6th August 2022
Kralendijk, Bonaire – Kralendijk, Bonaire via Jennies Glory & Angel City, Bonaire
In days gone by Debutants paraded around London in a social whirlwind where they were seen at all the must do events and strutted their stuff in search of a future partner*. As we have started to get ready to leave Bonaire we have been whisked along in a social whirlwind where even the creatures of the deep have wanted to bid us a fond farewell.
The first of the social engagements was the cruisers pot luck. Week by week the quality of the cruisers produce had been increasing and we now seemed to be at the level of a 6-star Michelin restaurant (but with better sized portions and a more palatable bill). Signature dishes from every continent adorned the tables with Chillies from South America, Bakabana from Suriname, Curries from Indonesia and Quiches from France. The goodbyes were as sad as the food was good.
In between social engagements we dived time and time again. Using our new found knowledge of finding our way around underwater and communicating with each other without talking, while always searching for the illusive seahorse that has evaded us, we were amazed at what we saw. There was fish and coral everywhere from the pristine reefs, to the manmade piers, to the chains and detritus that we occasionally found. Life was thriving everywhere.
With all this time underwater our kit was taking a pounding and like everything in the aquatic life needed some loving. Water had been finding its way into Fiona’s regulator and in a bid to stop her either being slowly water boarded or quickly drowned we probed its inner workings. Bit by bit, under Ross’s expert eye the whole contraption came to bits and where we should have only found air, we found water.
Knowing we had to seek out an ultrasonic machine to clean the sealing surfaces the regulator was taken to the dive shop and with the expert Hens @XPro in charge, our antique regulator had new life breathed into it. As he put the shining components back together, he laughed that the regulator must have done 10,000 dives on Bonaire before our ownership and was happy that it could easily do another 10,000.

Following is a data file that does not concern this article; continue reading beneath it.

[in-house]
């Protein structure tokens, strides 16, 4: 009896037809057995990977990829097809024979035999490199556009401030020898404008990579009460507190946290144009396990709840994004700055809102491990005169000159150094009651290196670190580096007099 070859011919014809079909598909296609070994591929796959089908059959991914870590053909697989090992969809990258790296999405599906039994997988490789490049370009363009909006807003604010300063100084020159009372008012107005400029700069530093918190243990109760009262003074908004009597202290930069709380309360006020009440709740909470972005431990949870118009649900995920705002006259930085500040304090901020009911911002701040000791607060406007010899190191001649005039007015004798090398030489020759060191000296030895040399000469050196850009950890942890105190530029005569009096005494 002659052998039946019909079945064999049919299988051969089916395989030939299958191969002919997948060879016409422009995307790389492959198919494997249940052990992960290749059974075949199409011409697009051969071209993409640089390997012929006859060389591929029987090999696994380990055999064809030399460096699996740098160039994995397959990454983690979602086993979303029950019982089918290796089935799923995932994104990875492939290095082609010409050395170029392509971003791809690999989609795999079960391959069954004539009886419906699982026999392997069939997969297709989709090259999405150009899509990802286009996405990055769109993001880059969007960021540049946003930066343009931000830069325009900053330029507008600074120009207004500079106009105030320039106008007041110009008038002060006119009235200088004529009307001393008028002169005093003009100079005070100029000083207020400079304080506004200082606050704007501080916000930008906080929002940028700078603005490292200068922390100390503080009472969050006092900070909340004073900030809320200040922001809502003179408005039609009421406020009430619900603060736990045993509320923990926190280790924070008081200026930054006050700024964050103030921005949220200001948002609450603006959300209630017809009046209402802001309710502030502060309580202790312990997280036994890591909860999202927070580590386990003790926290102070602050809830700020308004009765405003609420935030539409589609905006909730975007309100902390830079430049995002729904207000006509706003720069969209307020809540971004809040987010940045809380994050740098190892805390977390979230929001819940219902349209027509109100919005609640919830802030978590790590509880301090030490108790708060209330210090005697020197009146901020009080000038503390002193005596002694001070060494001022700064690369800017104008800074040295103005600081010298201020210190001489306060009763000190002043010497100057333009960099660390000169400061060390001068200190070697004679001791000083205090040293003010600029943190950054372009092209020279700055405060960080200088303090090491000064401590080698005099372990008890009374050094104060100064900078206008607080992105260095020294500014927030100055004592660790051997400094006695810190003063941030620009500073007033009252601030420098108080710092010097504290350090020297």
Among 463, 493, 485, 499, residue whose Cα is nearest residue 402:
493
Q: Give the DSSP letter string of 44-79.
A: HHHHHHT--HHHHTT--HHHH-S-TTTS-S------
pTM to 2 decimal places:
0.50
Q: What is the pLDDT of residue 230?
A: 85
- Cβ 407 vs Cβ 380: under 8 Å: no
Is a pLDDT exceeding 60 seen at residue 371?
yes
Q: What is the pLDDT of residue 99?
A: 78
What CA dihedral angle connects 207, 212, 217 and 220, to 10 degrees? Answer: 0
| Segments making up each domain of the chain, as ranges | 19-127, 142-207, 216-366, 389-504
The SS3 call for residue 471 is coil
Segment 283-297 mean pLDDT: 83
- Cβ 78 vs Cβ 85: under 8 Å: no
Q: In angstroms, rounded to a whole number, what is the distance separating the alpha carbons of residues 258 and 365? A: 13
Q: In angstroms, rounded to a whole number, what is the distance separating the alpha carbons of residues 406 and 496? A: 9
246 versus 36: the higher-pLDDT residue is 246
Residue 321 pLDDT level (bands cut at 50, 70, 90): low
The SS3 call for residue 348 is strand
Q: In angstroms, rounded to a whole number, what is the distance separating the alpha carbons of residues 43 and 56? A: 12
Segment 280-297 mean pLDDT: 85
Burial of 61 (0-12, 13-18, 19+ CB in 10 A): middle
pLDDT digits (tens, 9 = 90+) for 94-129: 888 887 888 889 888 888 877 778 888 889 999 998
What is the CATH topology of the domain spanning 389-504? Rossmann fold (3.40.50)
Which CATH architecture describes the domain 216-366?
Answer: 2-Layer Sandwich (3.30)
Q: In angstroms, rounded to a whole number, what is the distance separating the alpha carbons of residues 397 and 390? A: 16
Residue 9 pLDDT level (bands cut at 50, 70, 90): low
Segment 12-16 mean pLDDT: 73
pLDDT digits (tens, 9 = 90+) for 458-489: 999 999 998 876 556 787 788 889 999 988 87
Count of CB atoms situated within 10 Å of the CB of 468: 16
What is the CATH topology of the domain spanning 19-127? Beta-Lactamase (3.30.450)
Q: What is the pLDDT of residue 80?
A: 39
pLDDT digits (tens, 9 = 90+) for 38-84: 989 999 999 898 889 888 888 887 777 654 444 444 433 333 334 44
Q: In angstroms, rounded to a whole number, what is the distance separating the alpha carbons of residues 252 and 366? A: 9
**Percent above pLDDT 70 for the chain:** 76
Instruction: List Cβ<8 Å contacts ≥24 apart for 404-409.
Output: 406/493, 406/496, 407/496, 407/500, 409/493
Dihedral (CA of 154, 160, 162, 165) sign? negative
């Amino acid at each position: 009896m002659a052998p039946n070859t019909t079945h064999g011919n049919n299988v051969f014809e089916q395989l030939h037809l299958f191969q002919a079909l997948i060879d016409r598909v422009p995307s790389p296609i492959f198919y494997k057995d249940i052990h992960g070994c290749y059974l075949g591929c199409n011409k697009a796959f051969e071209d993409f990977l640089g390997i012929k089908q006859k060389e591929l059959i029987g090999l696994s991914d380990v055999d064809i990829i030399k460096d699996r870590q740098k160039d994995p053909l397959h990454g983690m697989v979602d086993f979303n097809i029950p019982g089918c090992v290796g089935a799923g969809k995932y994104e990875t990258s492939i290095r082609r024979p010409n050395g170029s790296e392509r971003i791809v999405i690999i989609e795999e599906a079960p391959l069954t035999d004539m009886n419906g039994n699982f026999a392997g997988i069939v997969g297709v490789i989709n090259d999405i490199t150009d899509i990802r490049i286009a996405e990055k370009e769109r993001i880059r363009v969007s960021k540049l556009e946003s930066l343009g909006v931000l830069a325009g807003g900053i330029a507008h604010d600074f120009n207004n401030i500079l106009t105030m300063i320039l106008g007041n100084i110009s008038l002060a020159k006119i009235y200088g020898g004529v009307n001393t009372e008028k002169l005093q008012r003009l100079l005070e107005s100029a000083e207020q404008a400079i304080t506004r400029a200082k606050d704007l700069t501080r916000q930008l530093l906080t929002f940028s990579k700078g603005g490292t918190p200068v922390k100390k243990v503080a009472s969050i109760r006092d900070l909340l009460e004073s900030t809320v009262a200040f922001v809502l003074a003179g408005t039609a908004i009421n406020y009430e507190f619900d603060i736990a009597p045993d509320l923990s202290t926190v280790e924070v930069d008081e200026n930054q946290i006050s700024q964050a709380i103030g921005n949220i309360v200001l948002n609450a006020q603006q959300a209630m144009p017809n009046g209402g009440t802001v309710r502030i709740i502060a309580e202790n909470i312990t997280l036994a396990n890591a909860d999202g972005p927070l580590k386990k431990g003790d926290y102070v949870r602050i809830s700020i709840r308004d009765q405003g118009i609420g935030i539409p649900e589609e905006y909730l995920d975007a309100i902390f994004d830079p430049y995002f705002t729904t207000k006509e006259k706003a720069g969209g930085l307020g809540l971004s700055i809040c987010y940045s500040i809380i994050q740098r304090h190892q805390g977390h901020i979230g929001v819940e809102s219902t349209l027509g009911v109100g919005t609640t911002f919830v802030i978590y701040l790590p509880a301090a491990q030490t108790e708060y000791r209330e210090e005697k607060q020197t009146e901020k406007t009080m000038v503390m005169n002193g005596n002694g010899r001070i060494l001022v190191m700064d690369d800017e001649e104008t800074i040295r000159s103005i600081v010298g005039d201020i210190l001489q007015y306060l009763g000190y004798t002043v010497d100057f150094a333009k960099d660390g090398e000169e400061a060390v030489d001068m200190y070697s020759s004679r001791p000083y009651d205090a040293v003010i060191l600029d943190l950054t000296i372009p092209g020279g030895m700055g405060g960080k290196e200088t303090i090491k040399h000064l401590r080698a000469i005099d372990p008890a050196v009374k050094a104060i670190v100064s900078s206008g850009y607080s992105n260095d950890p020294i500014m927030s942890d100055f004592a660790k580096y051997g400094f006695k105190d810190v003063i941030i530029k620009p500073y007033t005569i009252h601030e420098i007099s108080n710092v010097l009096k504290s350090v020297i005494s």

For the next social event that loomed large we both got fully ‘poshed up’. Gone were Iain’s stained and threadbare shorts and old and sun-bleached T-shorts as they were replaced with a shirt with a proper collar and cuff and shorts that had barely seen the light of day. As you’d expect Fiona didn’t have to do much to ‘scrub up’ as her levels of personal hygiene and personal pride far outweigh Iain’s, but she was still fully ‘frocked up’ with brushed hair and jewellery. OCC drinks were once again happening.
Not wanting to feel left out of the action Larry formed a splinter group of mascots with Brian the sloth (UK), Lili the llama (NL), Lala the alpaca (MLT) and Skippy the Kangaroo (US). This proved that the OCC really is a club for all creatures from all backgrounds from all over the world.
As the goodbye socials were coming to an end the creatures of the deep also wanted to say goodbye. As we drift snorkelled along the coast of Kline Bonaire we were surrounded by the usual fishies and corals and could see far into the deep abyss in the crystal clear water. Out of this blue abyss a Spotted Eagle Ray powered its way into the shallows and swam nonchalantly around us. He occasionally foraged, occasionally swum, but was always majestic and startlingly beautiful. This was a parting gift we never could have planned or hoped for.
The following day Ruffian transported us to a dive and snorkelling site and it seemed as if we were going to be rewarded for our good behaviour from the previous day. We dived on a double reef where the wall plunged down to a sand pool and then plunged down further. In this feeding ground Parrot fish the size of small cars lived in harmony with tiny cleaning shrimp while every coral housed a colourful flamingo tongues. The big treat however would be saved until the snorkel.
Ditching our tanks, weights, BCD’s and regulators we felt free to be in just our flippers and snorkels and diving what we found made us feel all the freer. We were once again joined by an Eagle Ray who flew around the wafting coral and pulled steep turns at impossible angles. If seemed like knowledge of our stand off behaviour from the previous day had made its way around the ray community.
The social whirlwind of saying goodbye to Bonaire and the cruising community has been tough. Never have we stayed in one place for so long, felt so welcomed by a community or been inspired by the natural world. Bonaire has been brilliant; Bonaire will be missed.
* Thankfully Queenie abolished this institutionally sexist event where women were objectified and judged on their material beauty and not the quality of their minds.
If you see this after your page is loaded completely, leafletJS files are missing.